Remember how Adobe (Macromedia) Flash created such a buzz and ruled the world for over a decade ? While websites created with HTML/CSS/CGI looked like beat-up Kia, websites created with Flash looked like brand new Mercedes Benz. A complete industry was born after Flash animation. Alas, Flash is destined to die due to the enormous amount of security vulnerabilities and Performance issues. While I’m sad that Flash is going away, that is the reality in this fast-paced Information Era. Only the fittest survive. And we are about to see if Java EE is fit enough.
Image Source: oracle.com
In this free ebook, I introduce 9 free tools that can be life savers in managing Java Applications. These tools have been time tested, reliable and have helped countless Application Support Engineers and Developers. They DO WORK. These tools can be used to solve problems ranging from ‘Out Of Memory’ errors to ‘Slow’ Applications.
Do you know the single biggest reason why some APMs fail? Do you know what you have to do first before you even begin evaluating various APM solutions? Do you know the hidden cost in any APM system?
Selecting an APM solution can be tedious task. In this free 18 pages ebook, I present 9 criteria to choose a reliable APM with highest ROI. I’ve derived these criteria based on years of experience in supporting Application infrastructure of various sizes. These criteria will help you clearly understand what exactly you should be looking for in any potential APM solution. You will be ready to ask the right questions when you meet with the APM vendor and will not be caught off guard later.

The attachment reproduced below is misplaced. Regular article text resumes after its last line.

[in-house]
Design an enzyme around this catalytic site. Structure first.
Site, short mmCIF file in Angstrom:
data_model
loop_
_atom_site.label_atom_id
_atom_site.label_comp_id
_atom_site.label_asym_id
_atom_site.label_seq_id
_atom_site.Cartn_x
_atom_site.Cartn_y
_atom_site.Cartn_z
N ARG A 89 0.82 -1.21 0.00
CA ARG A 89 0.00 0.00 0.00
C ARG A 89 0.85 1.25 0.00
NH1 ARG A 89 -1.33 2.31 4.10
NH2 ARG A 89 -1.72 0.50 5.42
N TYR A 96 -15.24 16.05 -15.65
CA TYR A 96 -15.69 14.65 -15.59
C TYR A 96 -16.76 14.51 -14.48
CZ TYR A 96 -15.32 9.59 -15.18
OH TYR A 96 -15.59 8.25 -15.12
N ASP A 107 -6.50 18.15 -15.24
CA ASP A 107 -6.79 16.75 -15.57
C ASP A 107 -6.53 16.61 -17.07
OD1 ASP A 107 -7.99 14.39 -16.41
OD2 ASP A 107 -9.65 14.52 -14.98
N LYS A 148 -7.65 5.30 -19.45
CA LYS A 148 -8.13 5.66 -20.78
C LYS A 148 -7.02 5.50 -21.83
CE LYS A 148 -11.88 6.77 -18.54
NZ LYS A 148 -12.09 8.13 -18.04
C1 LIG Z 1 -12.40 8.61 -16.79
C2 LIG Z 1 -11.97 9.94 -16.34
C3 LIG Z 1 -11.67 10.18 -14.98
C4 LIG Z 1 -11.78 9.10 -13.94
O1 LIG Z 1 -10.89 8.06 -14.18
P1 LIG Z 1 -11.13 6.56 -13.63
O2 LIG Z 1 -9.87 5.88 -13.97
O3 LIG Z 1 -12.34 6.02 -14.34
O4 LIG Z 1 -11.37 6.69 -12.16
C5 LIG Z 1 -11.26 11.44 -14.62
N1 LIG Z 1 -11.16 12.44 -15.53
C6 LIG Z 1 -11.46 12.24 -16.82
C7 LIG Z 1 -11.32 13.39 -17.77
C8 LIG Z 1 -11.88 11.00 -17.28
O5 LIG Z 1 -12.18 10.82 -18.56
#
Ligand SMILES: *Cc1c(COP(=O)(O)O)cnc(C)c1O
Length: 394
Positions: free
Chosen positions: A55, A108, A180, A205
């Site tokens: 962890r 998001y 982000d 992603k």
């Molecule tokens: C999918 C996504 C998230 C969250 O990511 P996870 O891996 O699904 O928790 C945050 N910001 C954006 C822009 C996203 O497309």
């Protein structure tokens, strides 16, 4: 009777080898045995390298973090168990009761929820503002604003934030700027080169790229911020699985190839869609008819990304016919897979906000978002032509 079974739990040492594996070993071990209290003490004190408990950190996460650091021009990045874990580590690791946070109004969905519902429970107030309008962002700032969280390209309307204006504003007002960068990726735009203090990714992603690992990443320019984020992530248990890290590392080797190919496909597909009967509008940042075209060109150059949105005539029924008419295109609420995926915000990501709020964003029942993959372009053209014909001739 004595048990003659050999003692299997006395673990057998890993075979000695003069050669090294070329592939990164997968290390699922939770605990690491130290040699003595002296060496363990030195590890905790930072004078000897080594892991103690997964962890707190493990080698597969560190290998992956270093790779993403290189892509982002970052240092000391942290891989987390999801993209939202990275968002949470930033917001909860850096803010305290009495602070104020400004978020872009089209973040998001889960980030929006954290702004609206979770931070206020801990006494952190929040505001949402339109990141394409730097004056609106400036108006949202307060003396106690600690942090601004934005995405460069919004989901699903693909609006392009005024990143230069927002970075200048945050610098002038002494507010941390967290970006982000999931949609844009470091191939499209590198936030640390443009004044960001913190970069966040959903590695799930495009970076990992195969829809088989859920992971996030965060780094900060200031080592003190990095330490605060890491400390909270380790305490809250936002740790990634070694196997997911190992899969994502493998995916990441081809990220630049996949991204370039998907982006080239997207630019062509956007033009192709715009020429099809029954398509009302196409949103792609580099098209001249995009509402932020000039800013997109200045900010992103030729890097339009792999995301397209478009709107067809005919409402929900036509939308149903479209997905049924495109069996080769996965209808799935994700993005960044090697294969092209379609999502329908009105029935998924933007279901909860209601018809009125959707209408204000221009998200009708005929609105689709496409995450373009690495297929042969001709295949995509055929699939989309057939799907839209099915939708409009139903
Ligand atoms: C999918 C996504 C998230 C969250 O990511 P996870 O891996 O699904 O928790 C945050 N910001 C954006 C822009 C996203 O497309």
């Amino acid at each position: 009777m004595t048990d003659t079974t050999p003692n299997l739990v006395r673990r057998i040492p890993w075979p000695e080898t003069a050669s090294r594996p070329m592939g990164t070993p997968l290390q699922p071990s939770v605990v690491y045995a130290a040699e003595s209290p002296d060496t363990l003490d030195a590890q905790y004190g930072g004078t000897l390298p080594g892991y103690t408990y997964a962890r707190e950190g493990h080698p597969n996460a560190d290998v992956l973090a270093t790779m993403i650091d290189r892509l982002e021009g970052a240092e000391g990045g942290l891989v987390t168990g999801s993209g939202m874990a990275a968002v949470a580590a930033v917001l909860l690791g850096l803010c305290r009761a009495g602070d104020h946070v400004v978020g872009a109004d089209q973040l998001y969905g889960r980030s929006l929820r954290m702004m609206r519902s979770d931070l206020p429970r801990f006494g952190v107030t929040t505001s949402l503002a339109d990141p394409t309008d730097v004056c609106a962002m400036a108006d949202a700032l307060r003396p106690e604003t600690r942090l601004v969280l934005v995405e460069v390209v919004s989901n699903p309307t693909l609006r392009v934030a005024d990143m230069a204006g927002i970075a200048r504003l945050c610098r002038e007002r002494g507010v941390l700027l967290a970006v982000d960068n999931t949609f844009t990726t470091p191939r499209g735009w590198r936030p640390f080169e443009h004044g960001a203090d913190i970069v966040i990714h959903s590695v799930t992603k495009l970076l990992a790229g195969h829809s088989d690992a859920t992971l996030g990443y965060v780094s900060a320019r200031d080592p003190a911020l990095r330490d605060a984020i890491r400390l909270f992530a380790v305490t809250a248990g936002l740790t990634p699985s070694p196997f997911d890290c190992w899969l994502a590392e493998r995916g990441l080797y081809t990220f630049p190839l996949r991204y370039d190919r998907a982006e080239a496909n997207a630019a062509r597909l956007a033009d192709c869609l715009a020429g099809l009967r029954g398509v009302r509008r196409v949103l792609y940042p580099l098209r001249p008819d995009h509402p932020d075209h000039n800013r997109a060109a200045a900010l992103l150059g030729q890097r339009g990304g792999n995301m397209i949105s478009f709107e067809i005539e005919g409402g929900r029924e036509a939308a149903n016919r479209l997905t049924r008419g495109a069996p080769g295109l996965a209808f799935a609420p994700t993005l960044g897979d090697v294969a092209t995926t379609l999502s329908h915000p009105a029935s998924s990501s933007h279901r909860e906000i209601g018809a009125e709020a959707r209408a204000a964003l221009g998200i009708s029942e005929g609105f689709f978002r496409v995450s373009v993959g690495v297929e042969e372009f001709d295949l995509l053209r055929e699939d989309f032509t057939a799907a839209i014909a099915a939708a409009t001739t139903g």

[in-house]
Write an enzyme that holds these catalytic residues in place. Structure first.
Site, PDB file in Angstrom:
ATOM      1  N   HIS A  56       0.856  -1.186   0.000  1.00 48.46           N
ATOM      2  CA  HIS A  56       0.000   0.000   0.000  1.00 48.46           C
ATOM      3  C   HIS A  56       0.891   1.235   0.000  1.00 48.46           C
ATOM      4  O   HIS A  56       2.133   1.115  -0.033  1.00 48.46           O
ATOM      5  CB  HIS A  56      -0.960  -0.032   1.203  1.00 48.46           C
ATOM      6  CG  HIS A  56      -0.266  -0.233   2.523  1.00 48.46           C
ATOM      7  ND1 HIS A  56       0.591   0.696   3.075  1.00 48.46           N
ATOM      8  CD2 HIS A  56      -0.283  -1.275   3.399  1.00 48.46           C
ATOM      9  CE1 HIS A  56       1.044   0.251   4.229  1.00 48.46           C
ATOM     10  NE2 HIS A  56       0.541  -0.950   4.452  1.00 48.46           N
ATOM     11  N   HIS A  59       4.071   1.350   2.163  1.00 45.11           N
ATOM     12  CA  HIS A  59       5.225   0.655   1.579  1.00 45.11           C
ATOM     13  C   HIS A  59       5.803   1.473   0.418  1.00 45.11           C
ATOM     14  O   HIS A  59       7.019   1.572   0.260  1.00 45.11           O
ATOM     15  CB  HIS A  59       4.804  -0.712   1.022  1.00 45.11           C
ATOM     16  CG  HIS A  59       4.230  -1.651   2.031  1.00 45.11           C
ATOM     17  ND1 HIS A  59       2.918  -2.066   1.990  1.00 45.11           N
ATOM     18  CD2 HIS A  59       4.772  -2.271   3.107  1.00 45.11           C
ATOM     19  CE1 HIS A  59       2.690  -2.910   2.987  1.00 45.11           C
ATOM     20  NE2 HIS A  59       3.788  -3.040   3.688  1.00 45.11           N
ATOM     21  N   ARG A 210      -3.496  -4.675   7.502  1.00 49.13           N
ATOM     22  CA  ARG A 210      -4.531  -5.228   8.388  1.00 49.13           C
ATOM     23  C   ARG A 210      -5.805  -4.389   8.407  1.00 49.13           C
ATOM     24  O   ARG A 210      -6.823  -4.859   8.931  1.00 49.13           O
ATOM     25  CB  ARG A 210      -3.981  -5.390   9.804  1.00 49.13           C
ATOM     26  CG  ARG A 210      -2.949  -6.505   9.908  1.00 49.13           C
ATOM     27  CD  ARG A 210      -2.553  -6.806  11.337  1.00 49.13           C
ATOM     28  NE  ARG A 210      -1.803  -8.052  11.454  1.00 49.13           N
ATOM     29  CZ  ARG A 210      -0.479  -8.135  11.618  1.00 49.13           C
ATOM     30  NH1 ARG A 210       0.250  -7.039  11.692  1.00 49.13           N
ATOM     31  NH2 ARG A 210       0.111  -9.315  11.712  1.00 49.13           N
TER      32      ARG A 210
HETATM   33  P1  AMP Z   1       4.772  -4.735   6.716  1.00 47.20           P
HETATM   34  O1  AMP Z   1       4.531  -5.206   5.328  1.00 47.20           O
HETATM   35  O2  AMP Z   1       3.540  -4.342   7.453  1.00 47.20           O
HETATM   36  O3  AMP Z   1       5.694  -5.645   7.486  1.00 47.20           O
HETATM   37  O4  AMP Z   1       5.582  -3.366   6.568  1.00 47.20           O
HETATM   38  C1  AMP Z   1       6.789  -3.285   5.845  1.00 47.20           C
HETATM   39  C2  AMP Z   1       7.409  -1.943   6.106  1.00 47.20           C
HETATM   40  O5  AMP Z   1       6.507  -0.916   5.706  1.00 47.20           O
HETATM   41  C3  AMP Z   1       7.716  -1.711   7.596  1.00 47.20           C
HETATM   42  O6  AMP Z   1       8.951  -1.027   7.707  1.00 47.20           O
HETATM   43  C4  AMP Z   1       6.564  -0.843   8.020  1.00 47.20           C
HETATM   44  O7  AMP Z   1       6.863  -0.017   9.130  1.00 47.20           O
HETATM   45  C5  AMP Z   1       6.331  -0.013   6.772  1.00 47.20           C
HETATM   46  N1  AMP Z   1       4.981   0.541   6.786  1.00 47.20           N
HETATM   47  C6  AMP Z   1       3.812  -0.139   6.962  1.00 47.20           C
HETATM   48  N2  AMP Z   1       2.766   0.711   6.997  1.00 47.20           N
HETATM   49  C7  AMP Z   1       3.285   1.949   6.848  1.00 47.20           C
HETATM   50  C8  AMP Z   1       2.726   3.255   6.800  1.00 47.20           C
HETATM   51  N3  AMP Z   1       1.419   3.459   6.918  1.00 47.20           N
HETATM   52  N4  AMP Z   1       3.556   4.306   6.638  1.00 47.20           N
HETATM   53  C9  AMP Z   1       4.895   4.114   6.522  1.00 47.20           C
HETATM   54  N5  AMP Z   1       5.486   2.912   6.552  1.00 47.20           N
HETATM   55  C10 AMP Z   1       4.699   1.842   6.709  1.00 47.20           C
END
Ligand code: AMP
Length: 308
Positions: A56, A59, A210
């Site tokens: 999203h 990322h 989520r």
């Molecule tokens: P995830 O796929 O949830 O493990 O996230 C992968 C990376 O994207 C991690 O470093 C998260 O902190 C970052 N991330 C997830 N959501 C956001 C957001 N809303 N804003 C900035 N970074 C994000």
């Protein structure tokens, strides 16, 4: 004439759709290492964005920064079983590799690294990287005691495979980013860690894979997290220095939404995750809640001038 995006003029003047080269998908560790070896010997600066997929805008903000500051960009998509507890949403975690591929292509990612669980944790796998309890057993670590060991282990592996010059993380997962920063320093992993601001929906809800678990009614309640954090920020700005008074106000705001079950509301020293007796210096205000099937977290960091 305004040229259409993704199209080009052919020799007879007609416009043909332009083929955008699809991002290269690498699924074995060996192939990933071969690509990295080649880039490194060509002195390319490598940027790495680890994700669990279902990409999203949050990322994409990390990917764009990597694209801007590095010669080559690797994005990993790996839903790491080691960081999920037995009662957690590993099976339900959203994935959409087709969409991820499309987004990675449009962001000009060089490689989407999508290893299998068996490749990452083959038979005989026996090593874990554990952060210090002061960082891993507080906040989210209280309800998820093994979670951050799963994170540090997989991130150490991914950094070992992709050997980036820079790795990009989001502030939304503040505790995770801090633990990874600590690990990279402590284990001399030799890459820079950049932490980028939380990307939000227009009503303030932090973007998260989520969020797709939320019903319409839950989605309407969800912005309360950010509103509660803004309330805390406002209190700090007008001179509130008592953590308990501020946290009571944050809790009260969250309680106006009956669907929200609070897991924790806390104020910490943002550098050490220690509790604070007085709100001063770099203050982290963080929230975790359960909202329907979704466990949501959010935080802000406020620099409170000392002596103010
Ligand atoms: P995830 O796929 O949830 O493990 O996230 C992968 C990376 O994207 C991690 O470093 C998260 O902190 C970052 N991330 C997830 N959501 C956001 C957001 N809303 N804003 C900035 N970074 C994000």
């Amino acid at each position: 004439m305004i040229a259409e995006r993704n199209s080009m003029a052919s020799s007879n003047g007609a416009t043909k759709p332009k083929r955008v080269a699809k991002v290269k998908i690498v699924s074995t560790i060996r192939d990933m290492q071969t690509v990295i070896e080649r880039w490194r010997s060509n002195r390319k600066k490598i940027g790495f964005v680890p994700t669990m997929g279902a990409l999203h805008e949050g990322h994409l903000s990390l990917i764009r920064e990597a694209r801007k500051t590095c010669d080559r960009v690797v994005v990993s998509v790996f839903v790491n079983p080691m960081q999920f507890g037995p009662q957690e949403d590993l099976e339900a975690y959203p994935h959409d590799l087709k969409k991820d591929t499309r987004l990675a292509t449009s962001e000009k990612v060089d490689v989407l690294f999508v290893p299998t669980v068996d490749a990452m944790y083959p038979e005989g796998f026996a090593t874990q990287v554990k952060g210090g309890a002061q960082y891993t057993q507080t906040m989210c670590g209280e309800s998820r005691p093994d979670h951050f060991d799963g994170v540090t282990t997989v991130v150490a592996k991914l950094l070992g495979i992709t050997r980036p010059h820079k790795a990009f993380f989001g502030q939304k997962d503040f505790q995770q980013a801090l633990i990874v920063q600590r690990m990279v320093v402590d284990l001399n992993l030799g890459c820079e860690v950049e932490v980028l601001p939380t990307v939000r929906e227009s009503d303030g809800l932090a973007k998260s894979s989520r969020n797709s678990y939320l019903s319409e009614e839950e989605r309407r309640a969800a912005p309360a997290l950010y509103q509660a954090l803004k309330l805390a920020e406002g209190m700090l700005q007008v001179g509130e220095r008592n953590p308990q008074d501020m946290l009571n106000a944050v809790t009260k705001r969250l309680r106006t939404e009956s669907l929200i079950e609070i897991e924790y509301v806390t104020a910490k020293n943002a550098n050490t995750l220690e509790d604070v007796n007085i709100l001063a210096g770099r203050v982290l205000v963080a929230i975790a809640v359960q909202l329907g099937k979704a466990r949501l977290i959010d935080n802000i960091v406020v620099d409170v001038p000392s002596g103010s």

Enjoy the ebook and Good Luck.
Dealing with SSL issues is one of the most annoying and frustrating problems. But it does not have to be. In this short guide, I will explain how ssl works, teach how to troubleshoot most common ssl issues and show you how to use the most commonly used SSL tools.
Get a high level overview of AppDynamics, one of the leading APM tools in the market. Learn the architecture, capabilities and practical instructions on how to get started. This document will help you to install an AppDynamics Controller and configure a Java agent to start monitoring in minutes.
ElasticSearch is creating lot of buzz, and for good reasons. It is lightning fast, rock solid and super easy to setup. Searching logs has just gotten glamorous with ElasticSearch. Organizations like ebay,uber and netflix are using it, and reaping the benefits. In this brief guide, I explain ELK (Elastic Search, LogStash, Kibana) from a 10,000 foot level. You will gain instant understanding of how all this works, how to get started and where to get more information.
Glad you are here. It’s time to take a deeper look at all the various monitoring metrics that AppDynamics provides. We have so far done the following:
- Installed AppDynamics Controller
- Installed a sample application (Node.js,REST and mysql) and installed appdynamics agent
- Ensured the application shows up in the controller UI.